By May 2, 2017 Read More →

Agreement reached for retired miners’ health care benefits

By WENDY HOLDREN

The Register-Herald

BECKLEY, W.Va. — Two retired coal miners shared their appreciation Monday afternoon of the agreement reached between U.S. Senators, Congressmen and the White House — an agreement creating a permanent solution to fund health care benefits for retired miners’ and their widows.

The funding solution, which draws funds from customs user fees already being collected, will be voted on this week by the House and Senate, and it is expected to be signed into law by the end of the week.

Joe Reynolds, who retired in September 2009 from the mining industry after 36 years, said families across southern West Virginia and Appalachia depend on these benefits.

“You can’t put a price tag on how important that is for a family,” Reynolds said. “If you’ve spent your life paying into something and working for something — and that’s really one of your main reasons for being there aside from your love of the mining industry — these pensions and health care benefits, it’s everything you’ve worked for.”

While no agreement is currently in place for pensions, lawmakers from West Virginia shared their promise Monday to continue working toward a solution.

Brett Dillon, another retired coal miner, said he’s looking forward to a peaceful night’s sleep for himself and others who have been concerned for several years about the potential loss of their health care benefits.

“It’s an important day for peace of mind,” said Rep. Evan Jenkins, R-W.Va., as he stood alongside Reynolds and Dillon. “Our retirees and widows can go to bed tonight and rest easy knowing they won’t lose their benefits tomorrow.”

In 1946, the Krug-Lewis agreement was established — a promise that retired coal miners would receive health and pension benefits.

“It was a promise that said for our miners: you go in, you put your life on the line, your government is going to be there for you,” Jenkins said.

Layoffs and bankruptcy filings of many coal companies left the benefits with an uncertain future, but lawmakers have been working to ensure their continuance.

“I have heard from countless mining families worried about losing these crucial benefits,” Jenkins said. “These miners worked their whole lives to make our country truly great, and they deserve these hard-earned benefits. They aren’t asking for a handout or a bailout, just what they were promised. Their voices have been heard loud and clear, and we are keeping the promise.”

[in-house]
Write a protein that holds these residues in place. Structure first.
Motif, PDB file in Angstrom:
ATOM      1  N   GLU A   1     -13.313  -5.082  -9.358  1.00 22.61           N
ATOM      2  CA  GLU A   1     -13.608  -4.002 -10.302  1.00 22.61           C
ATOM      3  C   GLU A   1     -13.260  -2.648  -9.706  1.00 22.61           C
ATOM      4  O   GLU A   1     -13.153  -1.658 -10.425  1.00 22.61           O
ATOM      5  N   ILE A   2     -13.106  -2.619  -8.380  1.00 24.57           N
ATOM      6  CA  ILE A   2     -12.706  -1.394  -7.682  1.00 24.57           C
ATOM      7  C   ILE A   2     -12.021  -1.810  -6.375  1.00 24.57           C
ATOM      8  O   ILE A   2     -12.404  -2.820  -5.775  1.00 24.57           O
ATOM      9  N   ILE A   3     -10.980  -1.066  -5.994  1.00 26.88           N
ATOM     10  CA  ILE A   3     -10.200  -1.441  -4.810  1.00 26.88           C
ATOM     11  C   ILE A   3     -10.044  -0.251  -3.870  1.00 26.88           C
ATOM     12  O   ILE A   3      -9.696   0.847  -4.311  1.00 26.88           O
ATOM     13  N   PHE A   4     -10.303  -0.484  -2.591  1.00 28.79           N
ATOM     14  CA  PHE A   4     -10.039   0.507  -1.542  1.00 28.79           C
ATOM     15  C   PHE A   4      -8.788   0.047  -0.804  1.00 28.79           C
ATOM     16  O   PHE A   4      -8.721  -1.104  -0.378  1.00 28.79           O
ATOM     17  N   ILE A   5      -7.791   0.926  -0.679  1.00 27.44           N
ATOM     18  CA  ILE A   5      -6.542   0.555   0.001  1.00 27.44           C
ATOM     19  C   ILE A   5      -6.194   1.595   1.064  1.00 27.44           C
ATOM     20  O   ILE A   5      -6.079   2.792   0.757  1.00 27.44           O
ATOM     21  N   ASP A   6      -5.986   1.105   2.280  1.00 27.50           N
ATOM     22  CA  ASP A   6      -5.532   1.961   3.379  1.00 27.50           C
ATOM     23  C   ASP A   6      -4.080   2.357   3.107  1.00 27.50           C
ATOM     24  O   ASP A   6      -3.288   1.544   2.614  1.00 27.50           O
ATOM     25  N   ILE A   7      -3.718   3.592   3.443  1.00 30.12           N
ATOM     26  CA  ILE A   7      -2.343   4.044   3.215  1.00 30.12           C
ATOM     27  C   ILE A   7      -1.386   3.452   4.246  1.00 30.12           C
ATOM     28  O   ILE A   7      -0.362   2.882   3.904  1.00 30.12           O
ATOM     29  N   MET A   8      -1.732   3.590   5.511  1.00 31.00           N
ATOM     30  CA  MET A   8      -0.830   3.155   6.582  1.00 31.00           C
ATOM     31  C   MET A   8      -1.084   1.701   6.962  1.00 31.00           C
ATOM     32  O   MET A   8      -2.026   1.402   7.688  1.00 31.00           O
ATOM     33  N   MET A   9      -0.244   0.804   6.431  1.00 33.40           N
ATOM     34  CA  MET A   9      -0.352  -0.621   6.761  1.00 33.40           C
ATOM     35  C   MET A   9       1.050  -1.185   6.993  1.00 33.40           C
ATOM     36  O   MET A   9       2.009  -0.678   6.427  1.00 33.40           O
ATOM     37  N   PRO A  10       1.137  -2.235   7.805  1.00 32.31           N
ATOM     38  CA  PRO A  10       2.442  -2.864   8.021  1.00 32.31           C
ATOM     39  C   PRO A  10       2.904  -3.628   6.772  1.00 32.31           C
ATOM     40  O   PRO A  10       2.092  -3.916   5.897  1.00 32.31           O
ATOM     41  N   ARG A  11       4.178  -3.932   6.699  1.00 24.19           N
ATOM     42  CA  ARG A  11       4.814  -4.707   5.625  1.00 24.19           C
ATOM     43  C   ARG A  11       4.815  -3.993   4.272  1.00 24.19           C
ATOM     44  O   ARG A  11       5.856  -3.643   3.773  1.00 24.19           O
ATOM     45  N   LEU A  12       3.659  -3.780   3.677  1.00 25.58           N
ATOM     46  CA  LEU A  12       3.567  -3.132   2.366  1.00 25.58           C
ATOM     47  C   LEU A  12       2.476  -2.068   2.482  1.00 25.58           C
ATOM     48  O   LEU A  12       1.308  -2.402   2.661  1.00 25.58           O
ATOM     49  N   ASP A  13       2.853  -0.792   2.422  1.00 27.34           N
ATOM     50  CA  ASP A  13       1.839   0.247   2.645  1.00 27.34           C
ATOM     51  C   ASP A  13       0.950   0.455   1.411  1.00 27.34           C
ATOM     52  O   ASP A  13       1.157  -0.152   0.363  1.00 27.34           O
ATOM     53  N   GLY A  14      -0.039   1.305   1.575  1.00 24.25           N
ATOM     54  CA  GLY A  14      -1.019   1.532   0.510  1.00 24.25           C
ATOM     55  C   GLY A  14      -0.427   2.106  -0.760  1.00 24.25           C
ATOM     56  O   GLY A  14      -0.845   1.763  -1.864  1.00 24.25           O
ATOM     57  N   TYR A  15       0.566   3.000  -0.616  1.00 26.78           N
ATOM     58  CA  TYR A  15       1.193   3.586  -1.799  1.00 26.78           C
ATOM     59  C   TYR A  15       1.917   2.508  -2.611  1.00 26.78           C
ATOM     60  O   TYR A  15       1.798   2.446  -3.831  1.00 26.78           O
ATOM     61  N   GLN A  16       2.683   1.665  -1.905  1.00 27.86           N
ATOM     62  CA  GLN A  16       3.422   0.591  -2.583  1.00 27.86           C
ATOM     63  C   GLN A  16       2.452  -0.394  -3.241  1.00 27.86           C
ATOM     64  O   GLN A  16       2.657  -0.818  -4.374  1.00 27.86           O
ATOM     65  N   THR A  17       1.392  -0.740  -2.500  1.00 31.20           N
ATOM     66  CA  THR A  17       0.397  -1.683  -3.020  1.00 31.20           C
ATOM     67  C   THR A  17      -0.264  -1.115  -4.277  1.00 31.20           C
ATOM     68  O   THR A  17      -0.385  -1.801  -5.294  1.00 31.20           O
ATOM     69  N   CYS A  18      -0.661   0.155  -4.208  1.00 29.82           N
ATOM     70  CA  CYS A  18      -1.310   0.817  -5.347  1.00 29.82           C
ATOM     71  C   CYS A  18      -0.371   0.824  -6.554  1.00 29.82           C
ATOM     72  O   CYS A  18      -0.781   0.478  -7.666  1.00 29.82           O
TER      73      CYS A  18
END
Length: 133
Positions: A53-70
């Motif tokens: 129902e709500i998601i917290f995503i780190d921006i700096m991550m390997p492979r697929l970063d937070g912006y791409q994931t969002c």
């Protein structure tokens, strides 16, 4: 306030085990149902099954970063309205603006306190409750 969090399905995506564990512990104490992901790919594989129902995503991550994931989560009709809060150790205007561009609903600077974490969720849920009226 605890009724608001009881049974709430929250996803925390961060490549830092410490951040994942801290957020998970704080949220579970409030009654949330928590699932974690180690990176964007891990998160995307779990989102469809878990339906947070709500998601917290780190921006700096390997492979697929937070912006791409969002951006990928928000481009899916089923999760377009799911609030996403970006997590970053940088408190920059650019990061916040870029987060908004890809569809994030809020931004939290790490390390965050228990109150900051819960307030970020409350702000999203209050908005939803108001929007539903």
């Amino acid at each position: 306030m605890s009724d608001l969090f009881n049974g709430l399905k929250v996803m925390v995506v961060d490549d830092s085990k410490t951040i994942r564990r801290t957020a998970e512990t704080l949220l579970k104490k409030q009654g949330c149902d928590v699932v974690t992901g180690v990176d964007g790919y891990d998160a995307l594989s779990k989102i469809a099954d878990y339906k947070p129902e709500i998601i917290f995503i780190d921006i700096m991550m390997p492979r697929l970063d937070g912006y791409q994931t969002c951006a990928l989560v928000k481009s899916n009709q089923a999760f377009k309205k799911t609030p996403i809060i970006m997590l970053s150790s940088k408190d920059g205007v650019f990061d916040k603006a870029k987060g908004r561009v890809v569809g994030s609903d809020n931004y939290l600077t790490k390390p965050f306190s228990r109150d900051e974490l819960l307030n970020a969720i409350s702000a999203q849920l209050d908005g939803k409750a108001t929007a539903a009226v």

In a release, Sen. Joe Manchin, D-W.Va., said he has been working side-by-side with the United Mine Workers of America and West Virginia coal miners to keep this promise.

For years, Manchin has proposed legislation, the Miners Protection Act, as a long-term solution for both miners’ healthcare and pensions.

The Protection Act would amend the Surface Mining Control and Reclamation Act to transfer funds in excess of the amounts needed to meet existing obligations under the Abandoned Mine Land (AML) fund to the UMWA 1974 Pension Plan to prevent its insolvency. It would also make certain retirees who lose health care benefits following the bankruptcy or insolvency of his or her employer eligible for the 1993 Benefit Plan.

But in October 2016, Manchin’s bill was not passed and more than 16,000 coal miners and their families received a letter stating their health care benefits would end Dec. 31. At the last minute, a four-month extension was passed by the Senate. Then again, on March 1, 2017, more than 22,000 miners receive another letter stating their benefits would be terminated at the end of April.

“Congress went over the deadline and passed a one-week extension in order to come up with an agreement to pass a long-term healthcare solution,” the Manchin release said.

While Manchin is thankful for the agreement, he stands determined to ensure miners’ pension benefits, too.

Referencing the Krug-Lewis agreement, Manchin said, “President Truman recognized the vital role our coal miners played in our country’s success and he believed their hard work earned them guaranteed health and pension benefits. This agreement has always been a sacred bond between worker and country, and I am more determined than ever to fulfill our whole obligation and secure retired miners pension benefits as well.”

Manchin said the 10-year cost to fund health care benefits for mine retirees and their widows is more than $1.3 billion, which will be offset by customs user fees, the fees paid on goods that are brought into the country.

U.S. Sen. Shelley Moore Capito, R-W.Va., also said protecting health care benefits for miners has been a top priority for her, and she is pleased the agreement has been reached.

She said she’s sure the pension issue will be revisited, but for now, health care funding was priority, as it was in much deeper trouble.

“Health care really was where the greatest need and greatest sense of urgency was.”

While the lawmakers said President Trump has indicated his support for the bill, the retired miners, Reynolds and Dillon, said they’ll feel better once it’s actually been signed. Next, they’ll continue the fight for their pension benefits.

Dillon said, “It might be a long and hard fight just like this one, but we won’t give up.”

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